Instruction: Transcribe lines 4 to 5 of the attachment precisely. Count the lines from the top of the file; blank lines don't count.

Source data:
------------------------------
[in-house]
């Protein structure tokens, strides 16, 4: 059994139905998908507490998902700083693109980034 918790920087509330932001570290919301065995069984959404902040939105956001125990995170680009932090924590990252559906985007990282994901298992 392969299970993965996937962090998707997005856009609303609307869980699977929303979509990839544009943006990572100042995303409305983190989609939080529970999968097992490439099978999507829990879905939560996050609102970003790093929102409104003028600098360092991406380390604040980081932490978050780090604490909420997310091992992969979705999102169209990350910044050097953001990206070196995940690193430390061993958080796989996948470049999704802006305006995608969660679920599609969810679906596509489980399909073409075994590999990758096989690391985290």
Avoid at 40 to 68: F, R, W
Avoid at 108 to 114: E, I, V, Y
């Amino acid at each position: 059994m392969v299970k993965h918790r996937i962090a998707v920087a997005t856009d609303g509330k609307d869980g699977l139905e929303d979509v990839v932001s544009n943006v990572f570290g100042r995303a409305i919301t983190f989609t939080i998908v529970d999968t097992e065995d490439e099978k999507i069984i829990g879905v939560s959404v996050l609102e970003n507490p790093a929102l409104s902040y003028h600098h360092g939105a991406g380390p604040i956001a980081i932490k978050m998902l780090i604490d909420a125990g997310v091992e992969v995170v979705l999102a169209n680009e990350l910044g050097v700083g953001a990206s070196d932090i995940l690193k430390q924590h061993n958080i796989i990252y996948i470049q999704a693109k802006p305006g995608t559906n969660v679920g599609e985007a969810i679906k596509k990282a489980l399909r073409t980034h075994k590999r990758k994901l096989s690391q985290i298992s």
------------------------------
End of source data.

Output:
Avoid at 108 to 114: E, I, V, Y
């Amino acid at each position: 059994m392969v299970k993965h918790r996937i962090a998707v920087a997005t856009d609303g509330k609307d869980g699977l139905e929303d979509v990839v932001s544009n943006v990572f570290g100042r995303a409305i919301t983190f989609t939080i998908v529970d999968t097992e065995d490439e099978k999507i069984i829990g879905v939560s959404v996050l609102e970003n507490p790093a929102l409104s902040y003028h600098h360092g939105a991406g380390p604040i956001a980081i932490k978050m998902l780090i604490d909420a125990g997310v091992e992969v995170v979705l999102a169209n680009e990350l910044g050097v700083g953001a990206s070196d932090i995940l690193k430390q924590h061993n958080i796989i990252y996948i470049q999704a693109k802006p305006g995608t559906n969660v679920g599609e985007a969810i679906k596509k990282a489980l399909r073409t980034h075994k590999r990758k994901l096989s690391q985290i298992s």